Tunisia opens investigation into France terror attack suspect

WION Web Team Paris, France Oct 30, 2020, 06.28 AM(IST) Oct 30, 2020, 06.34 AM(IST)

France terror attack Photograph:( Reuters )

Story highlights

The knife-wielding Tunisian national shouting "Allahu Akbar" (God is Greatest) beheaded a woman and killed two other people in a church in the French city of Nice on Thursday before being shot and taken away by police.

Tunisia has opened an investigation after reports that the suspect in the Nice attack is its national, the spokesman for a specialised counter-militancy court said on Thursday.

"The public prosecutor of the anti-terrorism court has opened a forensic investigation into the suspicion that a Tunisian committed a terrorist operation abroad," Mohsen Dali said.

The knife-wielding Tunisian national shouting "Allahu Akbar" (God is Greatest) beheaded a woman and killed two other people in a church in the French city of Nice on Thursday before being shot and taken away by police.

Chief anti-terrorist prosecutor Jean-Francois Ricard said the suspect in Thursday's attack was a Tunisian man born in 1999 who had arrived in Europe on September 20 in Lampedusa, the Italian island off Tunisia that is the main landing point for migrants from Africa.

A Tunisian security source and a French police source named the suspect as Brahim Aouissaoui.

Ricard told a news conference in Nice that the man had entered the city by train early on Thursday morning and made his way to the church, where he stabbed and killed the 55-year-old sexton and beheaded a 60-year-old woman.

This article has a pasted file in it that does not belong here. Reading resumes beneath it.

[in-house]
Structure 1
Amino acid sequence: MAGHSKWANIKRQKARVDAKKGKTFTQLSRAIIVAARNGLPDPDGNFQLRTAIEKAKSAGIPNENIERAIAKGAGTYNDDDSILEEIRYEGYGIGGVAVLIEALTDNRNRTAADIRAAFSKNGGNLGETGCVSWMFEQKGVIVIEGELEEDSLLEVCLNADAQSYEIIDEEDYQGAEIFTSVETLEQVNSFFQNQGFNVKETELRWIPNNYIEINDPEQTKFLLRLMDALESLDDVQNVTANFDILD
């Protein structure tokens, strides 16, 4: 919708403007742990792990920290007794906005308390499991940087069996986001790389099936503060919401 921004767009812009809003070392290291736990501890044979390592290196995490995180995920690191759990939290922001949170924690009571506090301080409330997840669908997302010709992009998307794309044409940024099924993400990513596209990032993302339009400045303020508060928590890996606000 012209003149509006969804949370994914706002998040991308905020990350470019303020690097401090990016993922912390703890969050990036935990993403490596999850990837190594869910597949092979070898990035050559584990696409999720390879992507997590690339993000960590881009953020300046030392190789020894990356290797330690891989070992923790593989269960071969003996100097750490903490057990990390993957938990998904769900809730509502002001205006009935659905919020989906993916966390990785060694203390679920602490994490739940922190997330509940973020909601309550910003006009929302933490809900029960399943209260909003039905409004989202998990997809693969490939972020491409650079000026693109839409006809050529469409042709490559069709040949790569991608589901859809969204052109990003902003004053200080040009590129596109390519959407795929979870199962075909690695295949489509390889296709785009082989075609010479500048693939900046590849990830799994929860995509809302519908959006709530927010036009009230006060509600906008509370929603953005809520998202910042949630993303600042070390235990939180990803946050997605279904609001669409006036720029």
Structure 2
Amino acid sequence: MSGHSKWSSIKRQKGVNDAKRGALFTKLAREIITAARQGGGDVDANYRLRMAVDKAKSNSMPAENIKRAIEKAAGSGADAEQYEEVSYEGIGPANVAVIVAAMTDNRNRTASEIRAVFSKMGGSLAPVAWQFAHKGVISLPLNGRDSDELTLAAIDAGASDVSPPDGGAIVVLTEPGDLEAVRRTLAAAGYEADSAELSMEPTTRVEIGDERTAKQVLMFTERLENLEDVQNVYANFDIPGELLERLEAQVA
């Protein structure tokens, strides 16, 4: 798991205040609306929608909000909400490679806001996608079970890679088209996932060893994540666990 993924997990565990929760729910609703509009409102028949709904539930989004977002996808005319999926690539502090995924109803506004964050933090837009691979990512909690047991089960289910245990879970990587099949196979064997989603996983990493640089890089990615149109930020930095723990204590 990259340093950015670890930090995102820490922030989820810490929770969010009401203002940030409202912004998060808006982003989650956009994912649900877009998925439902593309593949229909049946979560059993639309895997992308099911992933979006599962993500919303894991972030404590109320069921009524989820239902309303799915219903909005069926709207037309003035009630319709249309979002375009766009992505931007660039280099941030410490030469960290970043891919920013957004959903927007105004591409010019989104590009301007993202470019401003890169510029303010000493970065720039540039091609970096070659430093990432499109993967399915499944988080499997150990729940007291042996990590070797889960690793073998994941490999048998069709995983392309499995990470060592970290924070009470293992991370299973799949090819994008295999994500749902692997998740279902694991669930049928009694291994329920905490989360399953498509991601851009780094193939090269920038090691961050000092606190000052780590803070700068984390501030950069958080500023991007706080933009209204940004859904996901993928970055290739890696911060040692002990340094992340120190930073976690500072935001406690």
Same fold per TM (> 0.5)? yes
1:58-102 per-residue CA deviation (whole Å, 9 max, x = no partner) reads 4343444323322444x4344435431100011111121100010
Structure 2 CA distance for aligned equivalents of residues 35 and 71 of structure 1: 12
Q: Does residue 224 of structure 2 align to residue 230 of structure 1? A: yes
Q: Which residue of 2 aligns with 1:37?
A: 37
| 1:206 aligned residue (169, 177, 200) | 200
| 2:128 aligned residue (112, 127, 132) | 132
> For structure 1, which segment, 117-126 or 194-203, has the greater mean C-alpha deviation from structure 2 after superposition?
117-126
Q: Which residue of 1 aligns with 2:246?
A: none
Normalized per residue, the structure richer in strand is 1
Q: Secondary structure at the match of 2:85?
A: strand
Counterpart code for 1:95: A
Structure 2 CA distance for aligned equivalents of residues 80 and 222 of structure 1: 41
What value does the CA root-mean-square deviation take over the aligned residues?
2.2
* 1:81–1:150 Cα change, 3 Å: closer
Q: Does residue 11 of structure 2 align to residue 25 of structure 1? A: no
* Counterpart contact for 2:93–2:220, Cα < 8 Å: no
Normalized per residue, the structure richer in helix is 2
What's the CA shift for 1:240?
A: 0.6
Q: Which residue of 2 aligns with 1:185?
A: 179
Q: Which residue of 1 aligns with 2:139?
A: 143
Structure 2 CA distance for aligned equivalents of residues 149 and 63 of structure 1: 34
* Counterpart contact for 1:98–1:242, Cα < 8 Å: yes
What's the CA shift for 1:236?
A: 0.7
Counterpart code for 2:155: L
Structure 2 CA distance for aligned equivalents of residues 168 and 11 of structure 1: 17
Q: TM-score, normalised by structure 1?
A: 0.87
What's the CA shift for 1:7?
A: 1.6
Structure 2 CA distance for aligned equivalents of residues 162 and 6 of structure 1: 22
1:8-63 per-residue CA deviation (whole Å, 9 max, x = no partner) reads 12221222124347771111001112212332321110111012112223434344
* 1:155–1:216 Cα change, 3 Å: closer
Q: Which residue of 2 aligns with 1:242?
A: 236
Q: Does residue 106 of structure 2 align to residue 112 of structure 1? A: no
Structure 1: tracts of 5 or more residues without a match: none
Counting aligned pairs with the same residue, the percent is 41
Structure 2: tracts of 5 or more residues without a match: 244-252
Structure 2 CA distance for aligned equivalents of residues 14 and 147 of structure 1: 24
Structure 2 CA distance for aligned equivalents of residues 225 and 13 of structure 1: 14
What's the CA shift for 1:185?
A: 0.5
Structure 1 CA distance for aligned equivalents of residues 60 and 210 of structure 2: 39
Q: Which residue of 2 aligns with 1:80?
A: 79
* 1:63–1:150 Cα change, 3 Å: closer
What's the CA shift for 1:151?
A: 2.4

He also stabbed a 44-year-old woman who fled to a nearby cafe where she raised the alarm before dying, Ricard said. Police then arrived and confronted the attacker, still shouting "Allahu Akbar", and shot and wounded him.

The attack came just under two weeks after a middle-school teacher in a Paris suburb was beheaded by an 18-year-old attacker who was apparently incensed by the teacher showing a carton of the Prophet Mohammad in class.

To this end, President Emmanuel Macron said France would deploy thousands more soldiers to protect important sites such as places of worship and schools, as the country's security alert was raised to its highest level.

The suspect is in hospital in critical condition.

Tunisia's specialised counter-militancy court spokesman Mohsen Dali told Reuters that Aouissaoui was not listed by police there as a suspected militant.

Thursday's attack, on the birthday of the Prophet Mohammad, came at a time of growing Muslim anger at France's defence of the right to publish the cartoons, and protesters have denounced France in street rallies in several Muslim-majority countries.

US President Donald Trump voiced sympathy for the people of France after the attack. "America stands with our oldest Ally in this fight. These Radical Islamic terrorist attacks must stop immediately. No country, France or otherwise can long put up with it!" Trump said in a Twitter post.

Condemnations of the attack also came from Britain, the Netherlands, Italy, Spain, Saudi Arabia and Turkey, whose President Tayyip Erdogan earlier this week slammed Macron and France over displays of the Prophet Mohammad.

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